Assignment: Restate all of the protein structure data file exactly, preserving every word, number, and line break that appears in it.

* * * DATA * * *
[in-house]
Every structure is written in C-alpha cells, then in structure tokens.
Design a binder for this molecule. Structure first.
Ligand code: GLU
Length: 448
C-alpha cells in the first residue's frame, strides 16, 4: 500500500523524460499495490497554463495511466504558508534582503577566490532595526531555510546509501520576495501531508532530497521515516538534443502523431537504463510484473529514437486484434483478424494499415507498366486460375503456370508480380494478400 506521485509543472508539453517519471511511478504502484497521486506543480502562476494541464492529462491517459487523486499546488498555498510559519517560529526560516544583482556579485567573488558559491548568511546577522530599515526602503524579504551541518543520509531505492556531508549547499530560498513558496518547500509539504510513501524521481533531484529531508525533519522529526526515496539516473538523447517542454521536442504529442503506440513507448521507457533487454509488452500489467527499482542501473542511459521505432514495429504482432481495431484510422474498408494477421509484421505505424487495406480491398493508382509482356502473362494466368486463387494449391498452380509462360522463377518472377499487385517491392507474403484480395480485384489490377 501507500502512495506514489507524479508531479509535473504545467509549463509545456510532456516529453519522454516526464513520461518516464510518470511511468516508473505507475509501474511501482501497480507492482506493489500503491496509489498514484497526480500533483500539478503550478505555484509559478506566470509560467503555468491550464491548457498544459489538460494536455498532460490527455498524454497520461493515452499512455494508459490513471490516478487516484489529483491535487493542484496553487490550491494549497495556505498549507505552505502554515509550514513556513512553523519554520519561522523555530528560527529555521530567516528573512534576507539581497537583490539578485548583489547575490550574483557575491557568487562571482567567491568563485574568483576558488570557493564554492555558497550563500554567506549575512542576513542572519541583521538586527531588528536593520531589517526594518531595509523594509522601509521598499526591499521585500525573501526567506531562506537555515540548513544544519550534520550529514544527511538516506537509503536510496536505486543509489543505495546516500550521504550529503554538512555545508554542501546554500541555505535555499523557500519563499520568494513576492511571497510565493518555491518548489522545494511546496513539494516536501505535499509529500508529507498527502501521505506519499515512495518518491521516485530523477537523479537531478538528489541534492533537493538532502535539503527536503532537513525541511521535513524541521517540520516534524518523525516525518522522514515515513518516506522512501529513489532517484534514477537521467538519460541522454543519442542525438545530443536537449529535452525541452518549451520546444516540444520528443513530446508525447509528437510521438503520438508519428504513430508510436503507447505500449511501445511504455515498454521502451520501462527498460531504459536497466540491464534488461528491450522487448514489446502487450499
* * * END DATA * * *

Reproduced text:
[in-house]
Every structure is written in C-alpha cells, then in structure tokens.
Design a binder for this molecule. Structure first.
Ligand code: GLU
Length: 448
C-alpha cells in the first residue's frame, strides 16, 4: 500500500523524460499495490497554463495511466504558508534582503577566490532595526531555510546509501520576495501531508532530497521515516538534443502523431537504463510484473529514437486484434483478424494499415507498366486460375503456370508480380494478400 506521485509543472508539453517519471511511478504502484497521486506543480502562476494541464492529462491517459487523486499546488498555498510559519517560529526560516544583482556579485567573488558559491548568511546577522530599515526602503524579504551541518543520509531505492556531508549547499530560498513558496518547500509539504510513501524521481533531484529531508525533519522529526526515496539516473538523447517542454521536442504529442503506440513507448521507457533487454509488452500489467527499482542501473542511459521505432514495429504482432481495431484510422474498408494477421509484421505505424487495406480491398493508382509482356502473362494466368486463387494449391498452380509462360522463377518472377499487385517491392507474403484480395480485384489490377 501507500502512495506514489507524479508531479509535473504545467509549463509545456510532456516529453519522454516526464513520461518516464510518470511511468516508473505507475509501474511501482501497480507492482506493489500503491496509489498514484497526480500533483500539478503550478505555484509559478506566470509560467503555468491550464491548457498544459489538460494536455498532460490527455498524454497520461493515452499512455494508459490513471490516478487516484489529483491535487493542484496553487490550491494549497495556505498549507505552505502554515509550514513556513512553523519554520519561522523555530528560527529555521530567516528573512534576507539581497537583490539578485548583489547575490550574483557575491557568487562571482567567491568563485574568483576558488570557493564554492555558497550563500554567506549575512542576513542572519541583521538586527531588528536593520531589517526594518531595509523594509522601509521598499526591499521585500525573501526567506531562506537555515540548513544544519550534520550529514544527511538516506537509503536510496536505486543509489543505495546516500550521504550529503554538512555545508554542501546554500541555505535555499523557500519563499520568494513576492511571497510565493518555491518548489522545494511546496513539494516536501505535499509529500508529507498527502501521505506519499515512495518518491521516485530523477537523479537531478538528489541534492533537493538532502535539503527536503532537513525541511521535513524541521517540520516534524518523525516525518522522514515515513518516506522512501529513489532517484534514477537521467538519460541522454543519442542525438545530443536537449529535452525541452518549451520546444516540444520528443513530446508525447509528437510521438503520438508519428504513430508510436503507447505500449511501445511504455515498454521502451520501462527498460531504459536497466540491464534488461528491450522487448514489446502487450499